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Full name Kenneth Gordon
Born February 24, 1930, Trinidad & Tobago
Current age 84 years 58 days
Ken Gordon enjoyed a long and distinguished career in business, during which time he was chairman of a major Caribbean conglomerate, Neal and Massy Holdings, and had considerable interests in the media, serving as managing director of the Trinidad Express and CEO and chairman of Caribbean Communications Network (CCN). He had also been instrumental in the establishment of a number of regional media houses including in Guyana, Jamaica and Barbados. He also served as a senator in the parliament and as a government minister in Trinidad & Tobago.
His election as president of the WICB in August 2005 came at a time the board's fortunes were at a low ebb. Player strikes and controversy surrounding the Digicel deal, allied to crippling debts, left Caribbean cricket in a mess. While Gordon has the business experience to turn things round, his lack of cricketing pedigree was a worry in a region where inter-island rivalries often count every bit as much as common sense.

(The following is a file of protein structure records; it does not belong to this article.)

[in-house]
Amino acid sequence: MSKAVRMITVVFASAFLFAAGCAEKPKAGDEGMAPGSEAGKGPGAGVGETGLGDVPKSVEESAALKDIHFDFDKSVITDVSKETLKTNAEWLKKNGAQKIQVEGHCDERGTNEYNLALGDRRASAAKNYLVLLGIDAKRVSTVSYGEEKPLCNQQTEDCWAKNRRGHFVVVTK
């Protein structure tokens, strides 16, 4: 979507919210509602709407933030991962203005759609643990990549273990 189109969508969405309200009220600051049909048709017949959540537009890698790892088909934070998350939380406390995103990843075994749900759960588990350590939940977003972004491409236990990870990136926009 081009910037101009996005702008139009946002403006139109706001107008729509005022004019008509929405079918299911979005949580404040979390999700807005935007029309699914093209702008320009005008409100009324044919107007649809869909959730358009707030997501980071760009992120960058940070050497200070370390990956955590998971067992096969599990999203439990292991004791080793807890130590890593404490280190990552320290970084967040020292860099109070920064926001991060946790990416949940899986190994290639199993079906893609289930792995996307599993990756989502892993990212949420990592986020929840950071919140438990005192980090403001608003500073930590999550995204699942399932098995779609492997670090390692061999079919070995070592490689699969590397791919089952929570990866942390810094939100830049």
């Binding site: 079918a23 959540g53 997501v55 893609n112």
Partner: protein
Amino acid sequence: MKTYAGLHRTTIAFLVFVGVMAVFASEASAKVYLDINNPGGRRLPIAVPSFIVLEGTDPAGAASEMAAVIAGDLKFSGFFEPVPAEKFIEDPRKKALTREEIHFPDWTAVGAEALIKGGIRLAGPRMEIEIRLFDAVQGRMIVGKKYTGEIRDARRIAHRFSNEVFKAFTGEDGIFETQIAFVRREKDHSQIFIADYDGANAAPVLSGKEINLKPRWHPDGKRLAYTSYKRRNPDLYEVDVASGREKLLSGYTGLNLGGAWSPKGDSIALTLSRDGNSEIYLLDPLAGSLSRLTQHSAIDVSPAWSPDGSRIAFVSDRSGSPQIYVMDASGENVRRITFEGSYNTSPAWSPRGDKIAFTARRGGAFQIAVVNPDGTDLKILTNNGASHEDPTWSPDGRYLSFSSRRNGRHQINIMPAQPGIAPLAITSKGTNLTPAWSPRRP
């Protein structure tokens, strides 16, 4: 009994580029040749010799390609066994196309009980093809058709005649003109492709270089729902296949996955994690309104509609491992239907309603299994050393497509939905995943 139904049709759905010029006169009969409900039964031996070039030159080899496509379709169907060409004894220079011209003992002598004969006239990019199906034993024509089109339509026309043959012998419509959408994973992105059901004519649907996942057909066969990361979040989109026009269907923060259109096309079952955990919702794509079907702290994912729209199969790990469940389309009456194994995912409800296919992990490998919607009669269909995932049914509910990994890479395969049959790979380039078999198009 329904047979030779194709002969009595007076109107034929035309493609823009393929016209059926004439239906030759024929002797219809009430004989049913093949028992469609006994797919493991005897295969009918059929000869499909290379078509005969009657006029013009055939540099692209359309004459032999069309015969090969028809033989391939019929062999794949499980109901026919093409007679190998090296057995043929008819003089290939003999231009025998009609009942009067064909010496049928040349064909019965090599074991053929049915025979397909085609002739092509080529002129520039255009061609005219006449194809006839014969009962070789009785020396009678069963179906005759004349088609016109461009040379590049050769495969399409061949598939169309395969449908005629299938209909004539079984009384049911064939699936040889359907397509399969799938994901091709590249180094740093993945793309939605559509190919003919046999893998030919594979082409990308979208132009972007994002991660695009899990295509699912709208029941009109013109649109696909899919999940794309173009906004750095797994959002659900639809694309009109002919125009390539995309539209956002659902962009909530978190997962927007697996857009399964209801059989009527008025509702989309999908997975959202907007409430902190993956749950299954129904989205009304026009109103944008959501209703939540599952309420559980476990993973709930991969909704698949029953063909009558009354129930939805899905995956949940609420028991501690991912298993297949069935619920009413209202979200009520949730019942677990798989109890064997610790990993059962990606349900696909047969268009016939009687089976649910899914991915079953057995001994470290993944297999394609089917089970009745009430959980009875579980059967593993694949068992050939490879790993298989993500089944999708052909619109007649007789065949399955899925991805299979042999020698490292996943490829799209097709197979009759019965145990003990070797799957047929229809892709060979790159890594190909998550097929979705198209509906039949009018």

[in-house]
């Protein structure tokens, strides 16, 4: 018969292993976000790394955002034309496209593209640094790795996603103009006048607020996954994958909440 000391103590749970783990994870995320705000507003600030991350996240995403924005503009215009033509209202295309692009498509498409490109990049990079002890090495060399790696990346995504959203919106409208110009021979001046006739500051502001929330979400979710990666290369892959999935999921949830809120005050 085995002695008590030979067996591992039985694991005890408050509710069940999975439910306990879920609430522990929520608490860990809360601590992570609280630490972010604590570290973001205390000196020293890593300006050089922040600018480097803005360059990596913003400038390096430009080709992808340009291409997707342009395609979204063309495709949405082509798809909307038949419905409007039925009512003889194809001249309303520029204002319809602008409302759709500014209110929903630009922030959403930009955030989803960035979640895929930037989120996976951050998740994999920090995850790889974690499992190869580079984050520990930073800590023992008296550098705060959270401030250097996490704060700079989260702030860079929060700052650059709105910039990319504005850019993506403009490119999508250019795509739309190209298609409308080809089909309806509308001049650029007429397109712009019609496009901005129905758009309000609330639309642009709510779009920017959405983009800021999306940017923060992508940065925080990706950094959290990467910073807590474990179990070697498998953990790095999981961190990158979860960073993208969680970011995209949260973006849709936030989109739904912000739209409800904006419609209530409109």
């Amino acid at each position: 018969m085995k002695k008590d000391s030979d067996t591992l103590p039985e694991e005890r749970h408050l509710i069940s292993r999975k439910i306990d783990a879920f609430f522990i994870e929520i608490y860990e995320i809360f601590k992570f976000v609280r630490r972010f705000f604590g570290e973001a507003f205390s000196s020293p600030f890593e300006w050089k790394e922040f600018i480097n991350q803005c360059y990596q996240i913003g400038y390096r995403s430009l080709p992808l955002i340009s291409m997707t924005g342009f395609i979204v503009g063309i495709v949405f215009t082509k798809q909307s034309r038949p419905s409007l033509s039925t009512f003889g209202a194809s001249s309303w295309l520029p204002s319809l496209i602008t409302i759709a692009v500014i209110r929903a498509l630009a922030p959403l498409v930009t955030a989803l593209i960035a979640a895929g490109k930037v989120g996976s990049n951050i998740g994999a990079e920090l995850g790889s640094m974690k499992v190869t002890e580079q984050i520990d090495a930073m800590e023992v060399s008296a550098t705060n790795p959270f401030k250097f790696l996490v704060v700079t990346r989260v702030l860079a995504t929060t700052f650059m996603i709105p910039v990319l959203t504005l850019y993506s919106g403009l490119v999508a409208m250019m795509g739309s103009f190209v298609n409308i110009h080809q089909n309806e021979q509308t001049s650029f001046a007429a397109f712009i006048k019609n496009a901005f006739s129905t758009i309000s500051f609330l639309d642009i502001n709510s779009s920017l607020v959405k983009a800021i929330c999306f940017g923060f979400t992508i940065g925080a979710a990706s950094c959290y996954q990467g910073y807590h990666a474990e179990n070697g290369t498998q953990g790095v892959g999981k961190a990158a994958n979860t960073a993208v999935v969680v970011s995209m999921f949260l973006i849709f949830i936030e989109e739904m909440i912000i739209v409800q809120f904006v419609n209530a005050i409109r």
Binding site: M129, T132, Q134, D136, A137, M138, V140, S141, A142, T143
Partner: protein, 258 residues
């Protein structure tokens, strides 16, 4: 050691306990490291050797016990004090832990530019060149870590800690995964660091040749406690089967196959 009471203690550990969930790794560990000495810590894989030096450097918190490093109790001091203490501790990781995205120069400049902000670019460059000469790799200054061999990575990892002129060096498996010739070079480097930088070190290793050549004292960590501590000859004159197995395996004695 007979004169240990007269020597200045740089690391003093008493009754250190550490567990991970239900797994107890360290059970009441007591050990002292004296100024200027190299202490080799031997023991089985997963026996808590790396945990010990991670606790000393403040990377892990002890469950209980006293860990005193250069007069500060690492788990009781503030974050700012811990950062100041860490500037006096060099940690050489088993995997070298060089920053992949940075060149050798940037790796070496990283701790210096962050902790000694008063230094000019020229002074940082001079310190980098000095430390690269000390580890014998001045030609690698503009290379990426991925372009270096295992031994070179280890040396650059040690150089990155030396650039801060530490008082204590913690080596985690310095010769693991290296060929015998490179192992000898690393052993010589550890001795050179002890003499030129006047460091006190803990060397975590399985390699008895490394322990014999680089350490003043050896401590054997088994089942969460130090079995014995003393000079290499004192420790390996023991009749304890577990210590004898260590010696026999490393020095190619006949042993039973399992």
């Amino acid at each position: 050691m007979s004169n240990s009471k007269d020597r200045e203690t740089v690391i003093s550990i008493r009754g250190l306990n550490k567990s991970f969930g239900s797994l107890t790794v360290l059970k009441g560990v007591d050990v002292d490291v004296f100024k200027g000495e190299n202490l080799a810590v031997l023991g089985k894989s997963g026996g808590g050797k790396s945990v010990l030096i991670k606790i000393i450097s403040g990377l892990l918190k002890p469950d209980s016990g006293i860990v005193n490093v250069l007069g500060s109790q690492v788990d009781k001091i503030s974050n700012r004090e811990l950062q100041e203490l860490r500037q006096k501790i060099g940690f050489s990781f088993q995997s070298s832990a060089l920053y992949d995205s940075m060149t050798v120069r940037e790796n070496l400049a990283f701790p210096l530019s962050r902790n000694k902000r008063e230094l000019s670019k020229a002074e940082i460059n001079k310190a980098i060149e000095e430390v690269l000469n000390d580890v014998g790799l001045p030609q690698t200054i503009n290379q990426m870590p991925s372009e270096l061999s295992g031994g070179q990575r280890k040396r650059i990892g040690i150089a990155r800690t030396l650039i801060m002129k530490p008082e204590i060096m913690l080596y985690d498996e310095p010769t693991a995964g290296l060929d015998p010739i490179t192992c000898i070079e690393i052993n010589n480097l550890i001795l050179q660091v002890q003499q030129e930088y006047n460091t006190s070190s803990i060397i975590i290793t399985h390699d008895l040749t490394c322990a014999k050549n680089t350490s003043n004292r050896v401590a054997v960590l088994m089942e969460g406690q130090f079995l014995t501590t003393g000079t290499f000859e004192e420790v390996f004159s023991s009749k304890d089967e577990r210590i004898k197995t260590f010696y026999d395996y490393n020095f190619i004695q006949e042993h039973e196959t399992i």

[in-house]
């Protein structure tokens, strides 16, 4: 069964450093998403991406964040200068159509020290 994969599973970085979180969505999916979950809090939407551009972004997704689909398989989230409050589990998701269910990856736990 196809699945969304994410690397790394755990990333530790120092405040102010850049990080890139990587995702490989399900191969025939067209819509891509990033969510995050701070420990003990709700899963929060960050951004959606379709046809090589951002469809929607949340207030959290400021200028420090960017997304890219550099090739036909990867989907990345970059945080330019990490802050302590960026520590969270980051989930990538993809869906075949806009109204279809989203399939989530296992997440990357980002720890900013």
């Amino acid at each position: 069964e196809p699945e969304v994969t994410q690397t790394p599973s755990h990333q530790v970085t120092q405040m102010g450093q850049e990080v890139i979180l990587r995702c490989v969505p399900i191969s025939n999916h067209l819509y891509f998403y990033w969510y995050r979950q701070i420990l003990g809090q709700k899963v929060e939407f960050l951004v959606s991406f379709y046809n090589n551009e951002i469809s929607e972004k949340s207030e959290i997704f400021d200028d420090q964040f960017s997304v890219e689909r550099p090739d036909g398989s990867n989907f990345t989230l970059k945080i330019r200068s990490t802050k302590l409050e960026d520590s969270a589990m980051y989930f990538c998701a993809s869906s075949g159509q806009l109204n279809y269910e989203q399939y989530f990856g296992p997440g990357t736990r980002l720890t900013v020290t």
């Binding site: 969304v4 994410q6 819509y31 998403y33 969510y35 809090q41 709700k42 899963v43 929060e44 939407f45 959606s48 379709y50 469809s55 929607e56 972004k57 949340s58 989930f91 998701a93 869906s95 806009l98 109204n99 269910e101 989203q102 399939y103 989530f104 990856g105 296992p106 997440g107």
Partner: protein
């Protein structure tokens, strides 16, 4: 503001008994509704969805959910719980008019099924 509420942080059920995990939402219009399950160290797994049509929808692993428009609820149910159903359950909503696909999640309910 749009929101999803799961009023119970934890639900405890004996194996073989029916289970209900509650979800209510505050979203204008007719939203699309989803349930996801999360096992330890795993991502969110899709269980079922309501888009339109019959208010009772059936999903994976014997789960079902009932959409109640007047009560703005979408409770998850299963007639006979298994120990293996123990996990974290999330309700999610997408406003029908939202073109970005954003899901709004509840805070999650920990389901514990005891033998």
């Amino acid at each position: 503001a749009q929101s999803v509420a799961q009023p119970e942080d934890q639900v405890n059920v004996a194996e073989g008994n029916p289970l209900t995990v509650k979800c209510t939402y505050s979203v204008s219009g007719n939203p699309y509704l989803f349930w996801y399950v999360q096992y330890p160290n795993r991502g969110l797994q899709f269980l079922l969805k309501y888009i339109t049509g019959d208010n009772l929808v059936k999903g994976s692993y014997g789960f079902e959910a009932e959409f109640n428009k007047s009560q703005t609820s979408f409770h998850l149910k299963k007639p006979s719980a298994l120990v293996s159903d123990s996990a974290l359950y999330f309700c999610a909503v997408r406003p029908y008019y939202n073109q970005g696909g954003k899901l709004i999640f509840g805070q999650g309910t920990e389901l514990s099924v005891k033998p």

But hopes he would bring common sense to proceedings did not last long, and before long he was getting backs up and he found himself increasingly at odds with players and other board members and there were few tears shed when he stood down in July 2007. He left the WICB in a better financial state than he found it, almost entirely because of revenue from the World Cup, but far more divided and criticised.
Cricinfo staff July 2007
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Mahela Jayawardene and Kumar Sangakkara go over their World T20 win, and feel grateful to have fans whose support remains unwavering in victory and defeat
The former Indian openers haven't been shining lately, but the IPL presents an opportunity for them to show their class
Having the top Associate team play the lowest-ranked Test side without the threat of relegation shows how votes mean more to the ICC than results
They were making good progress in building a world-class side, but not getting rid of Kevin Pietersen after the texting saga in 2012 cost them greatly
Brian Lara's 375 had a sense of inevitability to it, while the 400 came amid a backdrop of strikes and the threat of a whitewash
If they are to live up to their potential in next year's World Cup at home, they need to look within and search for inspiration pronto